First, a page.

You shouldn’t really be trying to “beat” anyone. You should be aspiring to create great images that reflect your view of the world. While we “serious photographers" malign the smartphone crowd from time to time, note what they’re doing with simple cameras and filter- and preset-laden processing software: they’re creating images that look the way they want them to and have impact when they share those with others. Back when Instagram was mostly used for its processing as opposed to its sharing, several publications had their pro photographers try shooting their regular work on a phone and processing it in Instagram. The resulting images were not 42mp, not deep in dynamic range, and didn’t have have absolute color fidelity. Yet the images were creative, interesting, and thought- provoking. Just as you’d expect from pros.
Tools matter, but not as much as your brain matters. It’s your brain that’s controlling use of the tool, after all.
I laugh when I keep reading on various blogs and fora that Canon really needs to up its sensor game because they’re so far behind Sony it’s becoming shameful. Oh, that’s why I haven’t seen any pros producing great images with Canon cameras lately. (If you can’t detect sarcasm, I’m not sure why you’re reading this site, as it’s filled with it.)
I laugh when I keep reading on various blogs and fora that the latest sensor has just revolutionized what we can do in photography. In some cases, new technology does allow us to stretch our capabilities from where they’ve been, no doubt about that. I’ll certainly attempt to take advantage of any gains that new gear provides me. But revolutionize? Hasn’t happened with a recent sensor generation over another.
Here’s the real reason why you want more dynamic range and less noise: optimal data. With optimal data you have more ability to change overall and micro contrasts as you see fit. In the old film darkroom terms: you’re able to crop, burn, and dodge more without revealing the wizard behind the curtain.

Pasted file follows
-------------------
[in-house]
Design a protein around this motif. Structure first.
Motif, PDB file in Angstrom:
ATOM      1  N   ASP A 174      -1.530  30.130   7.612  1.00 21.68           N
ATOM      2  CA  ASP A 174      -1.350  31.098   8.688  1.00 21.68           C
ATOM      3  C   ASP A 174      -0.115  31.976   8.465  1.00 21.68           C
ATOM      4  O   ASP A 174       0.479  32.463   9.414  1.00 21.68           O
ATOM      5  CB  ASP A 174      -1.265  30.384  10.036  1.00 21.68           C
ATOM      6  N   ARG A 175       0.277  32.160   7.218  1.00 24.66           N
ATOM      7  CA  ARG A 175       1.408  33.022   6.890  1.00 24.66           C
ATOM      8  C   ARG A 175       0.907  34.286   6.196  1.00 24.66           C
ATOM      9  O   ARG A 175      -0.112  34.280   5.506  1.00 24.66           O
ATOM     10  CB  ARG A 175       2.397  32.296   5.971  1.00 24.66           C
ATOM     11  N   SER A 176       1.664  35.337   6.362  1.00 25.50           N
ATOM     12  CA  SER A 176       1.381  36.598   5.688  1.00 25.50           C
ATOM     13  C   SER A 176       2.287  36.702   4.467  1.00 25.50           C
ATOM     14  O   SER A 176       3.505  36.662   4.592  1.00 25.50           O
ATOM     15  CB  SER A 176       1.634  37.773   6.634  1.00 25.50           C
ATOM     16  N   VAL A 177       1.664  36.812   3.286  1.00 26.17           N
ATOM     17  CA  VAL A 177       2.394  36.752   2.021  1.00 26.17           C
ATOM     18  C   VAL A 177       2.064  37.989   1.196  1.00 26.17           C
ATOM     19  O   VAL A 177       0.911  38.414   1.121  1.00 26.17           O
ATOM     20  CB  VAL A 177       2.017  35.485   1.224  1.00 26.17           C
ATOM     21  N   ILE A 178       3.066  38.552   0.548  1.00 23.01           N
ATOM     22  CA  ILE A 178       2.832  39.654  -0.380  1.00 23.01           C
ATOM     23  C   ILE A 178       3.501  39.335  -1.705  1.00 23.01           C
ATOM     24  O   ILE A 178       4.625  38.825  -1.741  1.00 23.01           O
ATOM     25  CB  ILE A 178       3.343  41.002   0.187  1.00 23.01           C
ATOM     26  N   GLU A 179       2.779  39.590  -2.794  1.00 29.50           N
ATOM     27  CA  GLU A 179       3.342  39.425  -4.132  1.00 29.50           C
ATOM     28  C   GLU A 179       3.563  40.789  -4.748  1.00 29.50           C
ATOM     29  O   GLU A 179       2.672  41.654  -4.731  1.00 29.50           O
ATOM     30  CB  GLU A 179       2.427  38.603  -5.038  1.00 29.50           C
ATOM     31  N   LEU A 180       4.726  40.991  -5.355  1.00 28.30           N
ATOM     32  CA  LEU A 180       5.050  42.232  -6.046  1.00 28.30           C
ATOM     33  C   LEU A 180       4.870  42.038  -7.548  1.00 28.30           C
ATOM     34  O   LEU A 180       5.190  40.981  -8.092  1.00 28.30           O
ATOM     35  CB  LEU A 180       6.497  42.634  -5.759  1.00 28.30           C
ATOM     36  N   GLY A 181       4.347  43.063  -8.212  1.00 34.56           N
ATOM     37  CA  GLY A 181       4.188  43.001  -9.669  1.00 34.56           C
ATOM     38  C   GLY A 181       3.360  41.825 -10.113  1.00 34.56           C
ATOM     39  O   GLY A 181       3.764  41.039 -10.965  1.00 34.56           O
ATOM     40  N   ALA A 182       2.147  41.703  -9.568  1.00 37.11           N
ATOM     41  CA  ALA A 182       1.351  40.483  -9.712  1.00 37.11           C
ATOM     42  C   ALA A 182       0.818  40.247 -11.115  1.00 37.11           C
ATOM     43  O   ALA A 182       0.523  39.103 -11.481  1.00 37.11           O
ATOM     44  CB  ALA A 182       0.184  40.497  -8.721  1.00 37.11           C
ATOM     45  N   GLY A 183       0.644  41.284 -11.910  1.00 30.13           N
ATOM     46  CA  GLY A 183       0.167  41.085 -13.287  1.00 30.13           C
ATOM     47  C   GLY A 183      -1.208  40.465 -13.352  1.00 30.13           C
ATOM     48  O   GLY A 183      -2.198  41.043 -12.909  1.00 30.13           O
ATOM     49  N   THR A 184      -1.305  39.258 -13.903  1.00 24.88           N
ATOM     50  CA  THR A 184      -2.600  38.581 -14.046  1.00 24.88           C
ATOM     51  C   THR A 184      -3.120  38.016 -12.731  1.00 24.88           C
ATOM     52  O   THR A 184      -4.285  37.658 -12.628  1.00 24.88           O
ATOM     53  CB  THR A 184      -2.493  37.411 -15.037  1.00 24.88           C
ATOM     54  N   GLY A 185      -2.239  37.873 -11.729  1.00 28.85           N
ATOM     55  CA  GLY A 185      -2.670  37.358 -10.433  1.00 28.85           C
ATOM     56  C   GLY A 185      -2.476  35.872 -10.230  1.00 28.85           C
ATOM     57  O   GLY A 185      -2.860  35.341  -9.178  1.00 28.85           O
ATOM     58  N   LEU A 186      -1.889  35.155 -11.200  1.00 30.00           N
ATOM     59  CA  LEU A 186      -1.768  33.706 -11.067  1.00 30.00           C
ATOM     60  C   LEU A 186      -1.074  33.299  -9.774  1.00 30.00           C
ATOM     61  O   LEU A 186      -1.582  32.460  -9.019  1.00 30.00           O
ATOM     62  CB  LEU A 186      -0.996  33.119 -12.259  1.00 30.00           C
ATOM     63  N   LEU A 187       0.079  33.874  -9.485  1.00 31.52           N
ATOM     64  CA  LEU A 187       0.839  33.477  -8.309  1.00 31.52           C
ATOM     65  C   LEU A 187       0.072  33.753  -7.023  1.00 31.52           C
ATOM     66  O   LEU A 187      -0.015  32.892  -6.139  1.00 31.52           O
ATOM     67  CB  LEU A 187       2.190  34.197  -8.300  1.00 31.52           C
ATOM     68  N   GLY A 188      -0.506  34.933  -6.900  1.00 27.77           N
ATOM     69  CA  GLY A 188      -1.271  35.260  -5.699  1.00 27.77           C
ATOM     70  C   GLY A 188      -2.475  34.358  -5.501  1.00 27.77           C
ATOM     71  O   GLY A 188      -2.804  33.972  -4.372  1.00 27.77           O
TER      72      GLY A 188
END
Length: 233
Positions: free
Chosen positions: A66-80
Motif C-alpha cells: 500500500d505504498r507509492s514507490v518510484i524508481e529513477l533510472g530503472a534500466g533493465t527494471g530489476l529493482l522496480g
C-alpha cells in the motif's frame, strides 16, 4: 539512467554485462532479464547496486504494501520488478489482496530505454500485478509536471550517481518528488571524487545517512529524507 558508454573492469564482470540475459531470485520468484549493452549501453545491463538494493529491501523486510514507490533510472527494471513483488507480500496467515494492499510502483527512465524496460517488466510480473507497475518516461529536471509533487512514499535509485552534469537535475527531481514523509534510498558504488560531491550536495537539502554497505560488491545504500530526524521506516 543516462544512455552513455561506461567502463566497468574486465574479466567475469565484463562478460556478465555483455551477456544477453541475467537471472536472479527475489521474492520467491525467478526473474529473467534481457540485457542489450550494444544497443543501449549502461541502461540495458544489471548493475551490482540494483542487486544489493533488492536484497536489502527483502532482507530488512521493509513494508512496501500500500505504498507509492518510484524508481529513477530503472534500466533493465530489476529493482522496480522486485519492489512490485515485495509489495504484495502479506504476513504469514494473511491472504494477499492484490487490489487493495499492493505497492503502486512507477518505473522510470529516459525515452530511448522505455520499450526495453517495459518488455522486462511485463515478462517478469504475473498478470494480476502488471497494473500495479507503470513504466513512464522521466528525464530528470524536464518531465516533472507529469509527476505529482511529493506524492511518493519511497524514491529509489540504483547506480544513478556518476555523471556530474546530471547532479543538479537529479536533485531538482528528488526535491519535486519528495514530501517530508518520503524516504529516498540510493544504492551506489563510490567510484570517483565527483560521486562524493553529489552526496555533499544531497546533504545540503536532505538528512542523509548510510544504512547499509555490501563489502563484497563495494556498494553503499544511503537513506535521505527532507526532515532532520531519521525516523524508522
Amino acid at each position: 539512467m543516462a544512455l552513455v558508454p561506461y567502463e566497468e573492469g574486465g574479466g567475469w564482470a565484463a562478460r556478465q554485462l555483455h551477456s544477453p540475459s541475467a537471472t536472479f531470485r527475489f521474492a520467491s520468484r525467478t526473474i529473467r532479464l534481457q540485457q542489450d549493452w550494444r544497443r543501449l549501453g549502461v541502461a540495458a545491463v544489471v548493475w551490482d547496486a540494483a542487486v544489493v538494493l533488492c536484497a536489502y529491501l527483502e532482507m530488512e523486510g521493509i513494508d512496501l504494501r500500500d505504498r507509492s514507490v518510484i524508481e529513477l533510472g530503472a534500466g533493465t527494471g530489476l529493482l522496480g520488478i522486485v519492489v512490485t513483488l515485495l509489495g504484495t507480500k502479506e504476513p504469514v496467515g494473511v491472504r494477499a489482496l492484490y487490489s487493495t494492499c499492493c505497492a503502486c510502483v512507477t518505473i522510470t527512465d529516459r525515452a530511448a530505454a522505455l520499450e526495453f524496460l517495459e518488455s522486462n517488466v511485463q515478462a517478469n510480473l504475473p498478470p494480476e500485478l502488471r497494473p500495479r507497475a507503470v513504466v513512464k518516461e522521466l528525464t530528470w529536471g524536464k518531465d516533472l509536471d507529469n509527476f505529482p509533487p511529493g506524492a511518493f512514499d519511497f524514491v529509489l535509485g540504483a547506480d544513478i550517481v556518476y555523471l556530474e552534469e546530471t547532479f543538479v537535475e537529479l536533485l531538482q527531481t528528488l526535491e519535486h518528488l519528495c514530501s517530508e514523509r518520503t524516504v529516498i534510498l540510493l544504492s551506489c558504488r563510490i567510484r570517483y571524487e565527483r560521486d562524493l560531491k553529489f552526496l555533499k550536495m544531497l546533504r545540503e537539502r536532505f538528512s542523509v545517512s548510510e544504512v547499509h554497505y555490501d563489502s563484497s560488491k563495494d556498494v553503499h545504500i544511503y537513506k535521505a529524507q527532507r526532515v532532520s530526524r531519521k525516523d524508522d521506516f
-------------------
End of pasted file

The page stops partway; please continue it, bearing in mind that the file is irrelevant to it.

As it turns out, another email came in while I was writing this article, an email that illustrates a different part of the “latest gear” puzzle. In short, a new D800 user wrote in about having blur issues and wondered whether he should pursue a camera with fewer pixels to get rid of the problem.
Same answer: first and foremost, improve the photographer. (In case you’re not understanding: a 36mp image from a D800 will have the same amount of blur in it as a 12mp image from a D700 if your handholding technique is consistent. You don’t see the blur in the D700 image because either (a) when you pixel peep you’re getting data with less spatial information in it; or (b) you’ve been enlarging the D800 image more. The cameras moved the same amount, but the D800 recorded that movement better.)
In this instance, we have a common reason why some people avoid buying new gear: they’re afraid that it might force them to learn something. In which case I’d point out that it really doesn’t matter what camera those folks shoot with. If you’re not going to master your tools, then you don’t need very sophisticated tools. Indeed, you may be better off picking a tool with more automation in it (e.g. just shoot JPEG on all Auto settings).
You should enjoy taking photographs. But if you take photographs on anything more than a truly casual basis I think you should also seriously consider why you’re creating them, what you really want them to say, how you’re going to process them, and where you’re going to share them with others.
If you consider those questions, you'll start naturally running into gear-related issues and you can research how a piece of gear might improve your work. If you’re not considering those questions, then new gear is just a random walk. It might help you, it might not, though what it does and how well it does it might be dictated to you by a mega-corporation in a far off land.
Stop buying the marketing lines. Examine your needs and desires and choose equipment that’s appropriate. Improve the photographer and make steady and considered changes in gear as you discover real ceilings to what you can do.
Oh, and send me half the money you didn’t spend because you read this. ;~)